South Korean director Park Chan-wook made his name with the "Vengeance Trilogy", a set of three unrelated films, full of disturbing violence but with a thoughtful approach to the issues of revenge and redemption. For his English language debut he creates an intriguing and beautiful family drama, where the violence is psychological and the revenge theme a touch more subtle. The film also harks back to Alfred Hitchcock, with screenwriter Wentworth Miller providing plenty of allusions to the master and with the overall approach of "Stoker" having parallels with Hitchcock's "Shadow of a Doubt" (1943). Miller tells the story of India Stoker (Mia Wasikowska), a lonely 18 year-old girl who has recently lost her father in a car accident. She…
Art over substance. that's the problem with this movie.
The movie is technically and artistically strong. However, the story is pretty weak and predictable. The director should have contributed in the screenplay instead of depending on a first time screenwriter/famous actor.
But, there is a solution to that.
Watch the "making of" BEFORE watching the movie.
This will give you an artistic glimpse of "what does that mean?" questions that will raise during the presentation, which will give you a little bit of comfort of what you are watching.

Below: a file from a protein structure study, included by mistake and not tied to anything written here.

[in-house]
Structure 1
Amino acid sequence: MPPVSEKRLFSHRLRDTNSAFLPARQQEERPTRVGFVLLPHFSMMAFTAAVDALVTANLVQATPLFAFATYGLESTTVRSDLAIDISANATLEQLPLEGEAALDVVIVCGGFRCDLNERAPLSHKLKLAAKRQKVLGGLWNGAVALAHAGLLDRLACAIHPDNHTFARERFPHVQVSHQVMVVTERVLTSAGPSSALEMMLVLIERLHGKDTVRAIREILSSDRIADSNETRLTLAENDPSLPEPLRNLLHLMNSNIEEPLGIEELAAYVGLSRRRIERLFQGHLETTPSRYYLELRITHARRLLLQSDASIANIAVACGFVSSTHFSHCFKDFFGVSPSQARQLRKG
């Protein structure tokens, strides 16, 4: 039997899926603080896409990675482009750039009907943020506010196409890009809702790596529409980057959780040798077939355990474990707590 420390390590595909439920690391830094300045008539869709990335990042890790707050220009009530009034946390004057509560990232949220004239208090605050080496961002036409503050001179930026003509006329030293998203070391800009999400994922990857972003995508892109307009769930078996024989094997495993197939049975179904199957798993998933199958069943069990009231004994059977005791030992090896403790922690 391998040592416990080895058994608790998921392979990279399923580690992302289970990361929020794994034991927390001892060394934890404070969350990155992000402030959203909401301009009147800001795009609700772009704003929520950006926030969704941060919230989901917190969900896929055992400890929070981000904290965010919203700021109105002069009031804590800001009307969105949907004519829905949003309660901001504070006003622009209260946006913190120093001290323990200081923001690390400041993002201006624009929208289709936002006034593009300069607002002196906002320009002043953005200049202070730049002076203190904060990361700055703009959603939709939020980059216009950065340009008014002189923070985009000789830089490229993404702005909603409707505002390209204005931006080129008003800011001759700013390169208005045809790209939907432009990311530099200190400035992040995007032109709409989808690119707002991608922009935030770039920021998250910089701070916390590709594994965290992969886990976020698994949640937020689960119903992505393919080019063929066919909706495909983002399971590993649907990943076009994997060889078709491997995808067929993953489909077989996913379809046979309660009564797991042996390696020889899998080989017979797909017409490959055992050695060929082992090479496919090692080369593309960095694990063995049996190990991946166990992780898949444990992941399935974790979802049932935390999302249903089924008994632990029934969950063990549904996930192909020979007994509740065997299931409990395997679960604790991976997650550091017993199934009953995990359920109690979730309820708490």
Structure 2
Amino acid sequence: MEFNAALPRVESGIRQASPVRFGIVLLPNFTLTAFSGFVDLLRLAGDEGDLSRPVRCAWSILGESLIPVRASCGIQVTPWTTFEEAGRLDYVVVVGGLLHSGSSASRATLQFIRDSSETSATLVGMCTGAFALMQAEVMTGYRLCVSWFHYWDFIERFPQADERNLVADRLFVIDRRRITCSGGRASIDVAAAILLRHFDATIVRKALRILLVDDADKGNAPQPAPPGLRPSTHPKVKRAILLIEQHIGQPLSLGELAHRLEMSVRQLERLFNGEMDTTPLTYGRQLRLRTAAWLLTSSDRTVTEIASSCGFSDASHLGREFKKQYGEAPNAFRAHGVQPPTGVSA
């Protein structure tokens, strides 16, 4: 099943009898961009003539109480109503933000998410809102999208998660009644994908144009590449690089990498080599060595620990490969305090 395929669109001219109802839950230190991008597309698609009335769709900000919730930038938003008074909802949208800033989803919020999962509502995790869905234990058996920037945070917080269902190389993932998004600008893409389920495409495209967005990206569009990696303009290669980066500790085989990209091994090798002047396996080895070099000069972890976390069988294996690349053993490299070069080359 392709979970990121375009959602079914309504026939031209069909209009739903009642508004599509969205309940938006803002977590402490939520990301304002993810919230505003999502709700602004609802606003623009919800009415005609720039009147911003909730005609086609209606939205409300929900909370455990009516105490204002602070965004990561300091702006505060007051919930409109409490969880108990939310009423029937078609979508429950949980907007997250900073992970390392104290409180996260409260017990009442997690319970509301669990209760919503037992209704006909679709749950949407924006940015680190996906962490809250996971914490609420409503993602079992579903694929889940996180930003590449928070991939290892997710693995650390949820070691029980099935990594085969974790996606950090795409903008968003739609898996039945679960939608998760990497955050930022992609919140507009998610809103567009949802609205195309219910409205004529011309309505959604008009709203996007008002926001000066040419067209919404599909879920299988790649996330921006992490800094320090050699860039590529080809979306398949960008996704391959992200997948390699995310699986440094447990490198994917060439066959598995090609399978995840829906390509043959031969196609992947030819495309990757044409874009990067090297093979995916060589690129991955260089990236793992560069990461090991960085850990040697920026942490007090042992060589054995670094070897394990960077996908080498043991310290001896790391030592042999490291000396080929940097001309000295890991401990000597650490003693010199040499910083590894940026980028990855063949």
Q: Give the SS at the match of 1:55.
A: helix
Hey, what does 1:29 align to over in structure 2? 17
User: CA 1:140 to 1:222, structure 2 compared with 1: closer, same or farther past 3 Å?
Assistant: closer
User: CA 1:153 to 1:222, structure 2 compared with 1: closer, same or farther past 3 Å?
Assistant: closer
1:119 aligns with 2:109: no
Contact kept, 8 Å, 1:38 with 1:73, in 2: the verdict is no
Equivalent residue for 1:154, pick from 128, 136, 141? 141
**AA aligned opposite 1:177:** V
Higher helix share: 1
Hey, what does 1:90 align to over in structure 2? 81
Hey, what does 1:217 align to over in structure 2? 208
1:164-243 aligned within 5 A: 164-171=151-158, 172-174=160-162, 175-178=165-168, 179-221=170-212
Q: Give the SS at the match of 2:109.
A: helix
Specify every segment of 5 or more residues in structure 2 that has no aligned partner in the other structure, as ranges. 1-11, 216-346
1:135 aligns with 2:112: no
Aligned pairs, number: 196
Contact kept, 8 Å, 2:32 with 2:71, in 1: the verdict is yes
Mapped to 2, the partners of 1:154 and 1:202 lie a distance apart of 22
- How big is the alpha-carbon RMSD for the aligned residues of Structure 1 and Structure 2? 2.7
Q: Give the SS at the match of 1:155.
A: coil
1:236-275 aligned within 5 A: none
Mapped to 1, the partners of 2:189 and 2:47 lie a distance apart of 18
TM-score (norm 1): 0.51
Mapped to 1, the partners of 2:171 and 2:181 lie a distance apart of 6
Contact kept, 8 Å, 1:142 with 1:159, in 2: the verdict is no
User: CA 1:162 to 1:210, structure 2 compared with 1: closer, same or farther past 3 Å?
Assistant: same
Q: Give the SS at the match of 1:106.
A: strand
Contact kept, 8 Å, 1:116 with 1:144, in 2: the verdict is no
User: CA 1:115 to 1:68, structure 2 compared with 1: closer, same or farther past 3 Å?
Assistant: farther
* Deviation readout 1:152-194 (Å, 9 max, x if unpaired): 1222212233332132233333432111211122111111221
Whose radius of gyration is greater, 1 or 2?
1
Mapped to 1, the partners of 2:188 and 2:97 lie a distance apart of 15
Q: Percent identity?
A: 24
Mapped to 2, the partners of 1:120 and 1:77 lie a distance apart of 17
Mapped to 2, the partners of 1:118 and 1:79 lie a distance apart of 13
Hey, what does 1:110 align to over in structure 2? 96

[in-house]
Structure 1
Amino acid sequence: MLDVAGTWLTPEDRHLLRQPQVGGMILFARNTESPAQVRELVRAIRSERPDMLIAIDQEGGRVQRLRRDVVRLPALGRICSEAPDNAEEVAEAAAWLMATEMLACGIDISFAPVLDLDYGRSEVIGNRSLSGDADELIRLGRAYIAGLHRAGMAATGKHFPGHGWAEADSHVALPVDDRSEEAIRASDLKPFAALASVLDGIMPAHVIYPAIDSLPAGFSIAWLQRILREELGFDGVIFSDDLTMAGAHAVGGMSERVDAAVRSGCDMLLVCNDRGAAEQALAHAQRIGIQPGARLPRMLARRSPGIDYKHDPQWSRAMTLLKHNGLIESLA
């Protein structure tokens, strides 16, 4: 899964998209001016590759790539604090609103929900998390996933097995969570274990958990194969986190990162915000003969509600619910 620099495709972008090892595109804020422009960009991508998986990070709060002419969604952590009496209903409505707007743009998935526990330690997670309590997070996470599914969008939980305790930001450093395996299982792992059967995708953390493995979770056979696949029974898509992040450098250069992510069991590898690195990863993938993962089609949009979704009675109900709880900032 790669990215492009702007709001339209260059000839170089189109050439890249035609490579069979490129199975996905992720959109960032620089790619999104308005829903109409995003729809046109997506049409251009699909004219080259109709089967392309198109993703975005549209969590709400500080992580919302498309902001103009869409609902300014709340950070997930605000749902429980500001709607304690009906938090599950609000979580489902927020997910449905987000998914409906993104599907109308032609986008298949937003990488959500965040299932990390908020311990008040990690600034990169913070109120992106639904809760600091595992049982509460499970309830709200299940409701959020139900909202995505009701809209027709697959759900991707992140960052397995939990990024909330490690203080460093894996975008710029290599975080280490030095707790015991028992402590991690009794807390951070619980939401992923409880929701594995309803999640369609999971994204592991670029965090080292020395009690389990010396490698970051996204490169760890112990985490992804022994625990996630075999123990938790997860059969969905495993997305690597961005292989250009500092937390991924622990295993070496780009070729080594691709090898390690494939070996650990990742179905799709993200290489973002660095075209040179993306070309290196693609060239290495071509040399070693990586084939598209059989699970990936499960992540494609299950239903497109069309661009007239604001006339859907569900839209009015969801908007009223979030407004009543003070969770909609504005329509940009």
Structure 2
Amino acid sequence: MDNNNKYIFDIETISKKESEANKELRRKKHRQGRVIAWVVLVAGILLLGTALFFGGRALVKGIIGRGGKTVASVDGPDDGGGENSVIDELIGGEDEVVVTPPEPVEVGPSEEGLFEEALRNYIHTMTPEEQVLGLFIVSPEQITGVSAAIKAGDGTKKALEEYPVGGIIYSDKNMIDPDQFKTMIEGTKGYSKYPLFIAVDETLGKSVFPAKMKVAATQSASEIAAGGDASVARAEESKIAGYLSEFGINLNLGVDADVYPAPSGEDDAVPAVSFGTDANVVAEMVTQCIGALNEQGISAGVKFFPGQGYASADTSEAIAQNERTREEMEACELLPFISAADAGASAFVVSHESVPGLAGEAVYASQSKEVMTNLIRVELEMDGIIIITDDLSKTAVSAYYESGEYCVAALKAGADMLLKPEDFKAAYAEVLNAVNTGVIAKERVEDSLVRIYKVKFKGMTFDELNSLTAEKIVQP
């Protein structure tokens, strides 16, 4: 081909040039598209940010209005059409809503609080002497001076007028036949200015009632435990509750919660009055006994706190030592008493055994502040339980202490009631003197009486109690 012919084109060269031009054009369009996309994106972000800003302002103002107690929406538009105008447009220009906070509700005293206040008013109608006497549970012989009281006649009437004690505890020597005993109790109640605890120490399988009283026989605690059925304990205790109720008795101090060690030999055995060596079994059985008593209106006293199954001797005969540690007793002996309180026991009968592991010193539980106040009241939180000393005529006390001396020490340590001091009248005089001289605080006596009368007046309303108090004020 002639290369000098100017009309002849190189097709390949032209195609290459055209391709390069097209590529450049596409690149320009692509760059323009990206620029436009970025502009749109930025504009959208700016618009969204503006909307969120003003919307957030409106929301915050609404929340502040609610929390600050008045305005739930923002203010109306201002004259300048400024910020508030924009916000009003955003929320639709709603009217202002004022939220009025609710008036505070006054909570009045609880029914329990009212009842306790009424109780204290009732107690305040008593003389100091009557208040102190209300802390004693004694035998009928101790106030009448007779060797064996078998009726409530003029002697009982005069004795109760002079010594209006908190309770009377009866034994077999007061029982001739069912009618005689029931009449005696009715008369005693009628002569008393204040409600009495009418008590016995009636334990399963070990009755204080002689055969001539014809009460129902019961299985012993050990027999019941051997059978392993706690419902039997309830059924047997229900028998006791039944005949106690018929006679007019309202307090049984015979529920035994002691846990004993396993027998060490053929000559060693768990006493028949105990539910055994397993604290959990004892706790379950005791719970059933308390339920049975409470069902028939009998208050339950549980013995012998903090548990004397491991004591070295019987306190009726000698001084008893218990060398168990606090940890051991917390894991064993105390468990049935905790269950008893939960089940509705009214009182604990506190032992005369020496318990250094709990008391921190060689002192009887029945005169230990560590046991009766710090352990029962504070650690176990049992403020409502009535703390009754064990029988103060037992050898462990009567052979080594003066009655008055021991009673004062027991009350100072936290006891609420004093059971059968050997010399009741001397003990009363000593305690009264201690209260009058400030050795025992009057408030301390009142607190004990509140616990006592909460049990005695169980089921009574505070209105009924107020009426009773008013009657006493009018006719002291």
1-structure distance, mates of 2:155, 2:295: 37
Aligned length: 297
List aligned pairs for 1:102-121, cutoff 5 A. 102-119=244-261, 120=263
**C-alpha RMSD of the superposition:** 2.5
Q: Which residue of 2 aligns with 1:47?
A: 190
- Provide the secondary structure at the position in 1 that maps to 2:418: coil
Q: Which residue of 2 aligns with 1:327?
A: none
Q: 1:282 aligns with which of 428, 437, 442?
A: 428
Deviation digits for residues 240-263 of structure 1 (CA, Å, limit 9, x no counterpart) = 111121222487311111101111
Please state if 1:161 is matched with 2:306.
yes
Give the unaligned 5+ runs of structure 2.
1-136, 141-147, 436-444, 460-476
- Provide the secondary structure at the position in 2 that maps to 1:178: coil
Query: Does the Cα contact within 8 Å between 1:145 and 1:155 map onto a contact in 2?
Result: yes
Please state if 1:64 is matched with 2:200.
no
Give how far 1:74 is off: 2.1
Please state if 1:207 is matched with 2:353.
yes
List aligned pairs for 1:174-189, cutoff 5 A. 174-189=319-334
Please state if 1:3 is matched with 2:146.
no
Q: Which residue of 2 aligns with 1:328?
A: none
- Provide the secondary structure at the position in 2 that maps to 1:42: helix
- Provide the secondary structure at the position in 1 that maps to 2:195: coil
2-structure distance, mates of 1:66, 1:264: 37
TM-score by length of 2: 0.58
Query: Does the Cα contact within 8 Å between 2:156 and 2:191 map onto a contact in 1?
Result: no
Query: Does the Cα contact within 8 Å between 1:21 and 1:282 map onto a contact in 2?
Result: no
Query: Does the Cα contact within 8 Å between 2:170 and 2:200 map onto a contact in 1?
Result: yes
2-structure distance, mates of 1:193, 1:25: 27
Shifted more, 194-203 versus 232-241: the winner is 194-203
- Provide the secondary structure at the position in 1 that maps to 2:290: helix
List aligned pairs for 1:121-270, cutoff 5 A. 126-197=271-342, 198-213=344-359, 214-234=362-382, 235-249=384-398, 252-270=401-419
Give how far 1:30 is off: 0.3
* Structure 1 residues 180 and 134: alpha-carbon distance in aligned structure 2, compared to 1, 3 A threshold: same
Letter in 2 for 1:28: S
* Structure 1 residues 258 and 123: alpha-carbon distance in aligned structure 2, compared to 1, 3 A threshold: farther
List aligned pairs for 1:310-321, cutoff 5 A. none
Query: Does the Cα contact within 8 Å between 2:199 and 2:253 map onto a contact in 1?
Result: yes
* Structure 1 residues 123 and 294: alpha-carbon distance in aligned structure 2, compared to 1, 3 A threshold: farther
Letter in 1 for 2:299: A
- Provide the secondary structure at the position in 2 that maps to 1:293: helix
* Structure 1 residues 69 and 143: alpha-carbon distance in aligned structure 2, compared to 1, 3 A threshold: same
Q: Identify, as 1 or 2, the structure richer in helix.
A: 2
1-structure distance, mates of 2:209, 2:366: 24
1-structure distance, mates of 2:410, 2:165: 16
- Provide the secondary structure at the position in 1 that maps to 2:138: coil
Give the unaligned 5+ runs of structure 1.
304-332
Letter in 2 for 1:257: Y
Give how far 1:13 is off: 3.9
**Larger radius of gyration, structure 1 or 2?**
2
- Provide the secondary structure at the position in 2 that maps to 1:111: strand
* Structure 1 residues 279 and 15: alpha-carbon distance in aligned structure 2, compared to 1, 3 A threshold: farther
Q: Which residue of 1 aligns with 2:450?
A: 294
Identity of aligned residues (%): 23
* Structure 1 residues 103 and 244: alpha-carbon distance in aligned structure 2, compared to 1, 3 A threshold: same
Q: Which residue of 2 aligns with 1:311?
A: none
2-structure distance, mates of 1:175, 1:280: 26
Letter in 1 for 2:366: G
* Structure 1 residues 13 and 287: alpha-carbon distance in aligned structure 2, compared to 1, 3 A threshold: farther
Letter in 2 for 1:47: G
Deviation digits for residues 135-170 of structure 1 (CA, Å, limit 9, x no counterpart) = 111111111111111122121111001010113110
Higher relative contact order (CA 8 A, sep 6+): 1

I forgot how visually stunning and interesting this movie is. Really well done film that's unsettling to watch in the build up and grows increasingly uncomfortable as the story progresses. Provocative and macabre.
Watched as part of my May Scavenger Hunt challenge. Number 19 - Any film made by a director who has their latest in in competition at Cannes this year.
So, I was destined to love this. Park Chan-wook is one of my absolute favourites of all time.
Framing - YAAS
Editing - YAAAS
Pacing - YAAAAS!
There is a truly unique feel to this movie, where I felt as though the medium was being used fully to convey something pretty unusual.. There was something really fresh and engaging about this experience.
ALSO, MMMM SOMEONE THOUGHT ABOUT HOW TEXT WAS INTEGRATED INTO THE VISUAL QUALITY OF THE COMPOSITION. Bravo.
I felt like almost everywhere I looked, from opening through to the credits had a thought somewhere, which is really a joy for me.
This film tore my life apart.
so who wants to buy me india's Entire wardrobe.....
..also She Did That™ !
Stoker has been on my watchlist for so long I don't even remember what made me interested in it in the first place. I'd say it's because of Park Chan-wook but I'm not so sure if that was the original reason for that. However, now that I haven't really written about movies for a while I thought I'd watch something and decided to go with Stoker.
The story is astonishing, and so is the structure. The whole film is somewhat creepy from the beginning, but it's not so straight-forward with it. The film begins as "muted creepy". While the audience sees that something is clearly up with Charlie, the audience doesn't necessarily know what it is. He seems normal, but…
Really nice mood; the atmosphere is quite unsettling. The plot got a little meh towards the end for me though.
Movies about/starring women. I originally started this list just as a reference for myself, but hopefully others will find it…